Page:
spaceSpace and Physics

British Astronaut Tim Peake Is Returning To Earth This Weekend


Jonathan O'Callaghan

Senior Staff Writer

Peake, seen here in the Cupola Module in January with some space seeds. NASA

It may seem like only yesterday he launched (it was actually six months ago), but this weekend we’ll be saying goodbye to British and ESA astronaut Tim Peake on the International Space Station (ISS) as he makes his return to Earth.

On Saturday, Peake will depart along with NASA’s Tim Kopra and Russia’s Yuri Malenchenko at 1.52 am EDT (6.52 am BST) after 186 days in space. Landing in Kazakhstan is scheduled for 5.15 am EDT (10.15 am BST).


Coverage of the undocking and the landing will be streamed live on NASA TV, below.

Replacing the three on the ISS will be NASA’s Kate Rubin, Russia’s Anatoly Ivanishin, and Japan’s Takuya Onishi. These three are set to launch on July 6 from the Baikonur Cosmodrome in Kazakhstan, which means the ISS will operate with just three people on board (NASA’s Jeff Williams, and Russia’s Oleg Skripochka and Alexey Ovchinin) for three weeks.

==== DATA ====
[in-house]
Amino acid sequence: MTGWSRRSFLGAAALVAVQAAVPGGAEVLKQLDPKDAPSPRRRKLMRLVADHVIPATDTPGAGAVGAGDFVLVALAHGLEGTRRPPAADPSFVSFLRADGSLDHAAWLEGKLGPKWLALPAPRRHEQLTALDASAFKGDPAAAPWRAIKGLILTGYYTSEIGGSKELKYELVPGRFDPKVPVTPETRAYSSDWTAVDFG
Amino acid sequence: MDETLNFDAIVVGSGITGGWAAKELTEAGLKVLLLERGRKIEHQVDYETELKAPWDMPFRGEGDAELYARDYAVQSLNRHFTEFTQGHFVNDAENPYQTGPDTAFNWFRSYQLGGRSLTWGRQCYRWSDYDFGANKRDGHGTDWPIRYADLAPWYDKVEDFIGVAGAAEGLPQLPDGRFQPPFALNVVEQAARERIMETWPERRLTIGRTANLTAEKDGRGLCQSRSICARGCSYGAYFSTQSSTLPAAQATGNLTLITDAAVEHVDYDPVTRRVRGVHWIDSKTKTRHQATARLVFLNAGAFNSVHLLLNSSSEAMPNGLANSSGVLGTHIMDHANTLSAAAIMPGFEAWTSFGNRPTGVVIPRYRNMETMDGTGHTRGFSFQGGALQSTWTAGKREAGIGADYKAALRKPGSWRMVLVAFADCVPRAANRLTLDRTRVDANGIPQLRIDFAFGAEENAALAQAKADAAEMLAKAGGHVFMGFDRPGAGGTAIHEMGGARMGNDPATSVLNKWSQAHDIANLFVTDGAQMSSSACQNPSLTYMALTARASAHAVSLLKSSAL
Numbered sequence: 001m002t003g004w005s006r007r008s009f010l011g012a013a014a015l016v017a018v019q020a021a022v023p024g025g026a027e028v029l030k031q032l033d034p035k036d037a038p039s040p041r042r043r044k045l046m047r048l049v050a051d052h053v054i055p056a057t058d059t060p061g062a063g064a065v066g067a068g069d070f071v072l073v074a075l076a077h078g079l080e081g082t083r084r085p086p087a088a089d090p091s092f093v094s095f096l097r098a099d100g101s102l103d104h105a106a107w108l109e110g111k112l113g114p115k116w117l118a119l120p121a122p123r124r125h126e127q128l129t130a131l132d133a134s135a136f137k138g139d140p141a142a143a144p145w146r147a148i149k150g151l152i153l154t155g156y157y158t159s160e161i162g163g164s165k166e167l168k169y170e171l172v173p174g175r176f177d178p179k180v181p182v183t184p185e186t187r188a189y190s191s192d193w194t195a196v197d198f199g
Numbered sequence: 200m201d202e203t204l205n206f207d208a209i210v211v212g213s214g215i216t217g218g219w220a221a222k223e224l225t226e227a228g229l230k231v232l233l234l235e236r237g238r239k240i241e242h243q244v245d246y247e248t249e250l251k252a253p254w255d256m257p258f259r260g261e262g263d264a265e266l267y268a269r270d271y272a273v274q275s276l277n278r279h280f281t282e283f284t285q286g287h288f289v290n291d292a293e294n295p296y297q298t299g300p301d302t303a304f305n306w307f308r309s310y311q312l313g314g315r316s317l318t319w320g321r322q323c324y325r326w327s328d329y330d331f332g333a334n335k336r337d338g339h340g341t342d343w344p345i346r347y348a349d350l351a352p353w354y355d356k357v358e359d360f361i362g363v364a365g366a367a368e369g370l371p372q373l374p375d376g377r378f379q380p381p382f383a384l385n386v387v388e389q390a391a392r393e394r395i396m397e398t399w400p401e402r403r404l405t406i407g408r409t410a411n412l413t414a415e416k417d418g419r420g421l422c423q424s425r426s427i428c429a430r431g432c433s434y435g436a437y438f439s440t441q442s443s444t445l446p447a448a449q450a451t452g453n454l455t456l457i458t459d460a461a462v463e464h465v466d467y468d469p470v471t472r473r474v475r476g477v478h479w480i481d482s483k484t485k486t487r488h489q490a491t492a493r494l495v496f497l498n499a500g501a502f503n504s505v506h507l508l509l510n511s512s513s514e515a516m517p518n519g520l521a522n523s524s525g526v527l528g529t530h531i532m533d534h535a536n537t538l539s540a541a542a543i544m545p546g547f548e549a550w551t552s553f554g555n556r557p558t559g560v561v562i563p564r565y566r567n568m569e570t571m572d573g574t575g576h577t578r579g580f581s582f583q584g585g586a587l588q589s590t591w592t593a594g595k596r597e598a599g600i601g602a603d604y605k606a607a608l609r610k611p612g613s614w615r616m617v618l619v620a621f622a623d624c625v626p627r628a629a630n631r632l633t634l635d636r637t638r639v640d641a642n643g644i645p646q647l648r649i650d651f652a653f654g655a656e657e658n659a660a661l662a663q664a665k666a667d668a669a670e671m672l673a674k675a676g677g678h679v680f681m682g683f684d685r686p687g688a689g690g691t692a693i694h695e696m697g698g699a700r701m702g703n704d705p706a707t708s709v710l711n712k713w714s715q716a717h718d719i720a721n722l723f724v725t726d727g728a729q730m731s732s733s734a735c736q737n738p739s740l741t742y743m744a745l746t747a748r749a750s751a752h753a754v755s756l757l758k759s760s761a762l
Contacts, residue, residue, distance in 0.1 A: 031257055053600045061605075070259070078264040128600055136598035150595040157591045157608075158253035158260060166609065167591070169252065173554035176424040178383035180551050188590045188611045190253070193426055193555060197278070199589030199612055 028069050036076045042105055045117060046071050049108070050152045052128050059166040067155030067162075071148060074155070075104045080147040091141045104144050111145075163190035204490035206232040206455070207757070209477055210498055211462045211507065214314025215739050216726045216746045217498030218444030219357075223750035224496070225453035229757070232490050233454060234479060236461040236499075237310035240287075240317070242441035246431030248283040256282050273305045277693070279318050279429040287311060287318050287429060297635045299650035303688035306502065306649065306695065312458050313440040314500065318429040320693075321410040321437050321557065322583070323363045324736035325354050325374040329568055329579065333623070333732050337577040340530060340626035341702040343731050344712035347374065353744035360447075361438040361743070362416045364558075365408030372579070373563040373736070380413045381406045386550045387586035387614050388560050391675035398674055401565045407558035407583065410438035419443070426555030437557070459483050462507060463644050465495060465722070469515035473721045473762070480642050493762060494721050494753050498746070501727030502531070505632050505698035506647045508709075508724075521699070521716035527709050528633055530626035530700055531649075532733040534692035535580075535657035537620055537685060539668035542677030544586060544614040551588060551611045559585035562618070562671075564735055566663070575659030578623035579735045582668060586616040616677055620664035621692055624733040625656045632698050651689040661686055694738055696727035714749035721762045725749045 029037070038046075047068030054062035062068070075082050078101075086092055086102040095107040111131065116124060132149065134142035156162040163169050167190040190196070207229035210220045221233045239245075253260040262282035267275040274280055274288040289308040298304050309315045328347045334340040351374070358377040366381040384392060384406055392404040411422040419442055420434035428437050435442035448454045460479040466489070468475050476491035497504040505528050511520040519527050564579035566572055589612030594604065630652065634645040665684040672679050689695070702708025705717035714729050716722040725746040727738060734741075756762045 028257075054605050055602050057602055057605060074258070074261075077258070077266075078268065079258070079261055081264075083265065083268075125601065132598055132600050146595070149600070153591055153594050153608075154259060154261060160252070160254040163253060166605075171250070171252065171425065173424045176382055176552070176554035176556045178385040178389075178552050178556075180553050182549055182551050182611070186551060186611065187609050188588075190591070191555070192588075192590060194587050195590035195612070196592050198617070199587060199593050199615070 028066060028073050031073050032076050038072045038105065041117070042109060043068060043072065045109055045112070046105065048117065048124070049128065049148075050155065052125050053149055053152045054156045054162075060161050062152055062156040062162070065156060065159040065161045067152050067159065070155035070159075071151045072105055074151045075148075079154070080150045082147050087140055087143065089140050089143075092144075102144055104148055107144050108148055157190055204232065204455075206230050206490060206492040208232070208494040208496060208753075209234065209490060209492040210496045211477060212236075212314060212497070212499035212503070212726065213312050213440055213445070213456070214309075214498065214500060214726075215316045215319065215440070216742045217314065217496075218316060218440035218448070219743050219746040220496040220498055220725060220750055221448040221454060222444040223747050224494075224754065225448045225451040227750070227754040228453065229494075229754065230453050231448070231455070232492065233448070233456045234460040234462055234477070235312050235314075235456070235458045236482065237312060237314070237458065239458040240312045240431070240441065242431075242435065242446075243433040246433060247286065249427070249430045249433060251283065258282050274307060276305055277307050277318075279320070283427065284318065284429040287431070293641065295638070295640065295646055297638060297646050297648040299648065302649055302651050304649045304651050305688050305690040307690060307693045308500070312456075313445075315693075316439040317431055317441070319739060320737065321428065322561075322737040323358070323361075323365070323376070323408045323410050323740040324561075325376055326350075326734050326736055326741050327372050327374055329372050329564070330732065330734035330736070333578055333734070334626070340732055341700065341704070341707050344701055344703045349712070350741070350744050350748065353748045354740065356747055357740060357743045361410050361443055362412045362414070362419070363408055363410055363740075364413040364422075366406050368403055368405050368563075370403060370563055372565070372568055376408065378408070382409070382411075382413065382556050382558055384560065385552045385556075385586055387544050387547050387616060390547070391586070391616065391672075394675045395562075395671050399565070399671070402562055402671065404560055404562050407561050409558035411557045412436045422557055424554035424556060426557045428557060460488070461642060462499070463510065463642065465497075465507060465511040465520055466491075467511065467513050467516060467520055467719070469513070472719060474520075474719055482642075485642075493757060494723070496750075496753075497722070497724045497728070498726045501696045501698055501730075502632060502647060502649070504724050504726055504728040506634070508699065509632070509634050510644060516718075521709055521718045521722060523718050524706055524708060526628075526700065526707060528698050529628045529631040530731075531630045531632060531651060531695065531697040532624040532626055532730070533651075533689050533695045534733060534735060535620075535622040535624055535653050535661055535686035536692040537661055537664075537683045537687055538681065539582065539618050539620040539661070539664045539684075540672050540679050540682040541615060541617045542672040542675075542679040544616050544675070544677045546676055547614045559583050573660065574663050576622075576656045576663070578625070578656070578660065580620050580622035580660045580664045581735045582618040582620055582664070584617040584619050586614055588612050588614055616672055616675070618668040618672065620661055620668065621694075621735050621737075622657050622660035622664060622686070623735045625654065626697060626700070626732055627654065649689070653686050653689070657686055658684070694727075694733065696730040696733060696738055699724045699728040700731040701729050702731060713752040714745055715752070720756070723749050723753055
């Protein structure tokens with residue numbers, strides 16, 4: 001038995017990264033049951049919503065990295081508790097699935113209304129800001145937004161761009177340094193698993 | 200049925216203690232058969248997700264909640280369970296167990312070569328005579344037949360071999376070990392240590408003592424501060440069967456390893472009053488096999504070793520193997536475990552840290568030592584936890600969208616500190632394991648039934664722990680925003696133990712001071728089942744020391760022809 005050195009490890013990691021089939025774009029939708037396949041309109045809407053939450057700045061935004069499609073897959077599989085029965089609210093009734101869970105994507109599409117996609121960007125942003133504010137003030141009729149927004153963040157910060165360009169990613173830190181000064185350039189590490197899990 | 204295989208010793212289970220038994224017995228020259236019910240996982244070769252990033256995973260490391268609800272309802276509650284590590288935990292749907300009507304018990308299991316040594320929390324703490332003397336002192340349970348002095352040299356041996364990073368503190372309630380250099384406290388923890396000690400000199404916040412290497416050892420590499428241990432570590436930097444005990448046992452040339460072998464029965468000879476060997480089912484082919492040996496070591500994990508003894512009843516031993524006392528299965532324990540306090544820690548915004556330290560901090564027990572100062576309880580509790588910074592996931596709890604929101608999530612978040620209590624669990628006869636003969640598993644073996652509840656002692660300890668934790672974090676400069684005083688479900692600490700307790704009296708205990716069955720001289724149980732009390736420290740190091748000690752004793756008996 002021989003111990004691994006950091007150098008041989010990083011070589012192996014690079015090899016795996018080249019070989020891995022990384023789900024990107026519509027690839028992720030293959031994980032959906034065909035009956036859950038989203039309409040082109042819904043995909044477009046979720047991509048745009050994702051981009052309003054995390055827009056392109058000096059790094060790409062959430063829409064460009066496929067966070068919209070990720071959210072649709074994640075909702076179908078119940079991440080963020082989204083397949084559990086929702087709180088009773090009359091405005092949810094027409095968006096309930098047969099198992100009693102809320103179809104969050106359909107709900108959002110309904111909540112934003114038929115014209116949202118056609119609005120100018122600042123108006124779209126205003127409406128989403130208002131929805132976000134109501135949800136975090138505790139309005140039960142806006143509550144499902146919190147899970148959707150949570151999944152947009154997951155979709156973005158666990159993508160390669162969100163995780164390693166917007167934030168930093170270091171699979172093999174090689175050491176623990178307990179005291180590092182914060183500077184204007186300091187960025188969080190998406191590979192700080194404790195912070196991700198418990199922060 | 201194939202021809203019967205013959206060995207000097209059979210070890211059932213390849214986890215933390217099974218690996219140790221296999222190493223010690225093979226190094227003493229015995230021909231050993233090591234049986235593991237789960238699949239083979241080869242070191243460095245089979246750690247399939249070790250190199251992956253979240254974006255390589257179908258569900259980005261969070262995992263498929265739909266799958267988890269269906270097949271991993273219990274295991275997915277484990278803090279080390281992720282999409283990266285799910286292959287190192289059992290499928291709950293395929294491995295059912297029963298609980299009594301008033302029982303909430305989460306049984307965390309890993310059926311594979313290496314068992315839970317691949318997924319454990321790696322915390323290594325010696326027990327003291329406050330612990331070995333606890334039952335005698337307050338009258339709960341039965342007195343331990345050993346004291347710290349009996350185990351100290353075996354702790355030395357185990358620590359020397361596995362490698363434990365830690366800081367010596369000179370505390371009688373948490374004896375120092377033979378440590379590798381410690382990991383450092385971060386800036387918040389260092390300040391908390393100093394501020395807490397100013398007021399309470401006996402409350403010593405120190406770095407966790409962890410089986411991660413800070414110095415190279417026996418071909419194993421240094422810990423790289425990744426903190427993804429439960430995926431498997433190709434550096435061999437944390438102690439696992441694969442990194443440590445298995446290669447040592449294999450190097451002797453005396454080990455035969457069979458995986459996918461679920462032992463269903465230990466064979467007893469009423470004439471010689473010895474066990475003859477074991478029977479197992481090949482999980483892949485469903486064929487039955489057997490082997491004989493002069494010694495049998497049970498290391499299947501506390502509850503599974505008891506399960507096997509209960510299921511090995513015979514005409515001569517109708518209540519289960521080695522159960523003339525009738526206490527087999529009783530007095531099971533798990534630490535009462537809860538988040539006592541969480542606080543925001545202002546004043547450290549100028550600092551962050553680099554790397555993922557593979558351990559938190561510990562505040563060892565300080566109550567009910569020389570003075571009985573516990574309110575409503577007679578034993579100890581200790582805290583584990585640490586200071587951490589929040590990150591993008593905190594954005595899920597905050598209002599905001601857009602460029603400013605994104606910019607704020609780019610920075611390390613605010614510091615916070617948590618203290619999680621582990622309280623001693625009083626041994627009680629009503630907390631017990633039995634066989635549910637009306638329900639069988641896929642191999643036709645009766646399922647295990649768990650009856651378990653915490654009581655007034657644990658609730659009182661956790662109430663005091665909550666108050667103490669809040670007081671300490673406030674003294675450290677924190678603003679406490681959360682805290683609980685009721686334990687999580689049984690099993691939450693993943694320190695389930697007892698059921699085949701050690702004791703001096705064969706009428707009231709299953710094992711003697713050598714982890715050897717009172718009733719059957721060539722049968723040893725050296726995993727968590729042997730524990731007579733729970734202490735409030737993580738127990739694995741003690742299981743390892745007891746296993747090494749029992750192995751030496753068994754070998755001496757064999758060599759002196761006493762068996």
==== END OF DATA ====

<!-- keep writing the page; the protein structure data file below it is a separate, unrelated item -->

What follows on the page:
Peake’s departure will bring mixed emotions for those in the UK. He is one of only a handful of British people to ever go to space, and the first to be “officially” sponsored by the European Space Agency (ESA). But his mission so far has been wholly successful, and he will no doubt receive a huge number of plaudits on his return.


Among his highlights, Peake ran the London Marathon in space and saw the arrival of the first inflatable module on the station. And he’s had plenty of fun, too; recently, he showed in a video how spinning around on the ISS wouldn’t make you dizzy (it’s worth a watch).


There are no other British astronauts scheduled to make a trip to space at the moment, but here's hoping there's another in the not too distant future.


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